When you put the commitment, energy, and coordination to voicing your text, you stimulate many more brain regions than if you read silently. When you speak only the words on the page, you have the experience of knowing exactly the effects of the words you have written.

1.  No apologies; when it’s your turn to read, the only words out of your mouth are a specific question, if you have one, then the words on the page.  Questions are one sentence long; they end in a question inflection and are not the place to insert excuses, complaints, or apologies.

2.  Read at a relaxed, easy pace in your own conversational voice; you need not add character or act out anything: the words, spoken by the storyteller are very powerful.

3.  When you finish reading, you’re done talking. If you had an epiphany while reading, great: write it down.  Listen carefully: take notes (you won't remember): absorb the fresh, unbiased impressions of your work. 

You may smile and quietly nod as you take notes.  Enjoy any praise, in fact, make a special note!


You will listen to others’ work every week. You can learn as much by listening as you can by writing.

When responding to others---  the group is smarter than any one of us, so:

1. Listen carefully: You are listening for what is specifically effective in the writing.  If something is funny, laugh, etc., but let yourself recall the words that did it.  If the writer asked a question what in the text bests answers it?

2. A. Responding: everyone will offer a response, so be brief. Try to quote text. Please don’t offer a laundry list, but know worked for you, and can you explain why?

2. B. Please make only positive responses: by accentuating the positive, you assist the group members in silencing their inner critics and nay-sayers. Avoid your “helpful” impulse to write for the writer. Each of us is creative; creativity is stimulated by positive feedback.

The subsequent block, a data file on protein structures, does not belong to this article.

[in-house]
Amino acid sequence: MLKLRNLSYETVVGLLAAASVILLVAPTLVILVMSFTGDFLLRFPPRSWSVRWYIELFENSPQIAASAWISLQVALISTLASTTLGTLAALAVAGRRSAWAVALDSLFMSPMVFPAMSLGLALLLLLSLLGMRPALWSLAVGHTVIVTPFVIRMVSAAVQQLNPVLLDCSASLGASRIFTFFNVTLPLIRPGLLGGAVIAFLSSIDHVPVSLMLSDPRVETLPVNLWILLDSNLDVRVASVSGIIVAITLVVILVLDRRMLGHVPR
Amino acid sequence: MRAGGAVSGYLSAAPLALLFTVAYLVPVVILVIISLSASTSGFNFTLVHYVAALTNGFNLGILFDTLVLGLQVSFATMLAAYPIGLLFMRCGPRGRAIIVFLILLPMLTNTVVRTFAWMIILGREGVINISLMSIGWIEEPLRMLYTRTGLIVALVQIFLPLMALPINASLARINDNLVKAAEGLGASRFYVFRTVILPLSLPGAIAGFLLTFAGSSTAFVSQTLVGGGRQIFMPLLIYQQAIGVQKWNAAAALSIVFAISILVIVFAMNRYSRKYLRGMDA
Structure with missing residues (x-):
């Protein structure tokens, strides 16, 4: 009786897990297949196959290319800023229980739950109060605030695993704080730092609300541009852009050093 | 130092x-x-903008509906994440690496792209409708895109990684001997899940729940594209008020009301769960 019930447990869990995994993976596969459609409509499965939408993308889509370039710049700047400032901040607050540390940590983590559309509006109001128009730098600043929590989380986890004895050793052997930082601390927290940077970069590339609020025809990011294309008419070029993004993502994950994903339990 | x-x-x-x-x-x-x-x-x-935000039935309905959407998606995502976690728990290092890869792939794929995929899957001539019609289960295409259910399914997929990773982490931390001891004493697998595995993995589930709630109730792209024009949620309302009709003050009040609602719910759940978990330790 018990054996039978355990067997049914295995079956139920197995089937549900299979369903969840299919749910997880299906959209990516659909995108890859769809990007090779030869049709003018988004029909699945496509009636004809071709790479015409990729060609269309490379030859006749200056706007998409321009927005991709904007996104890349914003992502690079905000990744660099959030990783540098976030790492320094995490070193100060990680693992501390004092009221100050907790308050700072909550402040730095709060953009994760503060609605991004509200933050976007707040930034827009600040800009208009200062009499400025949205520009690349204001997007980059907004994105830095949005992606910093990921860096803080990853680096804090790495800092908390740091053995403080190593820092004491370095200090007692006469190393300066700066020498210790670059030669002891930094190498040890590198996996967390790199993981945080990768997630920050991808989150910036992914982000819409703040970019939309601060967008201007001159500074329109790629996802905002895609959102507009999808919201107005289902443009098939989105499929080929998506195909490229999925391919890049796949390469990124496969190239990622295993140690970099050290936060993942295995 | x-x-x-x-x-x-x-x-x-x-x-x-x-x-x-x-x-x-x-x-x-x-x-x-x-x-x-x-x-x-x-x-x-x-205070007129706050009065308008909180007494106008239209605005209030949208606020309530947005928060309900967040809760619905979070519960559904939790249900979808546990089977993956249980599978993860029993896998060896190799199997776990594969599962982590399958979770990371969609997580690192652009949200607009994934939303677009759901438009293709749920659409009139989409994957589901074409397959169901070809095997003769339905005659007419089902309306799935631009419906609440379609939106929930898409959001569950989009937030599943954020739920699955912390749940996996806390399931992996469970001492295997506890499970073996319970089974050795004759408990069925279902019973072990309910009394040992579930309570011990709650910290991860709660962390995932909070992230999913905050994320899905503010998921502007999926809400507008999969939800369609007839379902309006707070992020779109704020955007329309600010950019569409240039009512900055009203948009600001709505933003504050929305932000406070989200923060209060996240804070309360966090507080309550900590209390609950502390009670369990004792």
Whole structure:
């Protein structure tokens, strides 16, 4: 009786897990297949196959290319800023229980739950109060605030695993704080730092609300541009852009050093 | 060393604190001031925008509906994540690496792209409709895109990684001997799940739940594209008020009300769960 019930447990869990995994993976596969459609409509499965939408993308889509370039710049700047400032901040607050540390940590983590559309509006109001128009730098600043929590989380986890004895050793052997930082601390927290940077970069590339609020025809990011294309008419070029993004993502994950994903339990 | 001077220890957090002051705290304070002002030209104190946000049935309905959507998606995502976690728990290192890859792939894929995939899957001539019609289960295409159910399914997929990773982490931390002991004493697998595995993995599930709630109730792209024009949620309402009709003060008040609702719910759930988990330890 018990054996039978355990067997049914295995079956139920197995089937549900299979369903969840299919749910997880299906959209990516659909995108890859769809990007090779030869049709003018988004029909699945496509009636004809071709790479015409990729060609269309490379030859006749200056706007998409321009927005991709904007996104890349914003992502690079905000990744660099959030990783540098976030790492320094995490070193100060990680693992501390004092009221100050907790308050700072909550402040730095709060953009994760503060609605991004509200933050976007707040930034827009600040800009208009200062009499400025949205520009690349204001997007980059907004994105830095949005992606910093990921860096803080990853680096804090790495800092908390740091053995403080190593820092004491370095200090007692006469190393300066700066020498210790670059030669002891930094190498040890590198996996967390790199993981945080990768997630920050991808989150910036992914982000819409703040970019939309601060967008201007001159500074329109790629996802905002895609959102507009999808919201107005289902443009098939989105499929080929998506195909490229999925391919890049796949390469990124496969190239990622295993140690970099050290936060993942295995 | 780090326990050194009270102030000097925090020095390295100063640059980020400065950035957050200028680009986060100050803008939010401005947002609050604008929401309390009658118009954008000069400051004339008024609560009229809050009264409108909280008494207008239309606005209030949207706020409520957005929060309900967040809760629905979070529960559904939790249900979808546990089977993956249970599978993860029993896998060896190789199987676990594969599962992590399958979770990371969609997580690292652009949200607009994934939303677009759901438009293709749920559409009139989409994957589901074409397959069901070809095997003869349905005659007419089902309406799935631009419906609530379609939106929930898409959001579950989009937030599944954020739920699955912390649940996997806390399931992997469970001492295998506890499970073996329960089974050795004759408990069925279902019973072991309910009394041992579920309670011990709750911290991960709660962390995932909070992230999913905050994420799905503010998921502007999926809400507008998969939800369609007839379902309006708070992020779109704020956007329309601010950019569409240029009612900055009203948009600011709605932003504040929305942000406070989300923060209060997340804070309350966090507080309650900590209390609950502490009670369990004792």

3.  The WYF class is not a debating society. While other workshops may solicit writing advice from the peer-writers, this is not those workshops. Peer response is very useful for writers to understand what aspects of their techniques are working. However, you are paying for expert as well as peer response: therefore, the moderator may offer specific writing advice over a range of subjects that the peer response won't touch on.  This advice is not a point for debate; however, it may be an opportunity to ask for clarification. The moderator may table discussion at any point for any reason.


Why your workshop is like Vegas: What gets said in the workshop, stays in the workshop. Text is just text, not reality, not confession. Please respect one another’s privacy when creative work takes intimate or bizarre twists. It’s a very small world; to make writing safe and liberating, we need confidentiality. Would you like to overhear your story being discussed on line at Starbucks? In addition, the WYF Method advises workshop writers not to share their work outside the workshop: you’ll keep your focus better. And certainly never with lovers, spouses, family, or friends. What do they know? Or with other workshops. Unless, of course, you’re looking for resentments, paralysis, confusion, crossed purposes, and/or misunderstanding. I've observed that those who share most promiscuously, progress less quickly. Creativity can be fragile, protect it.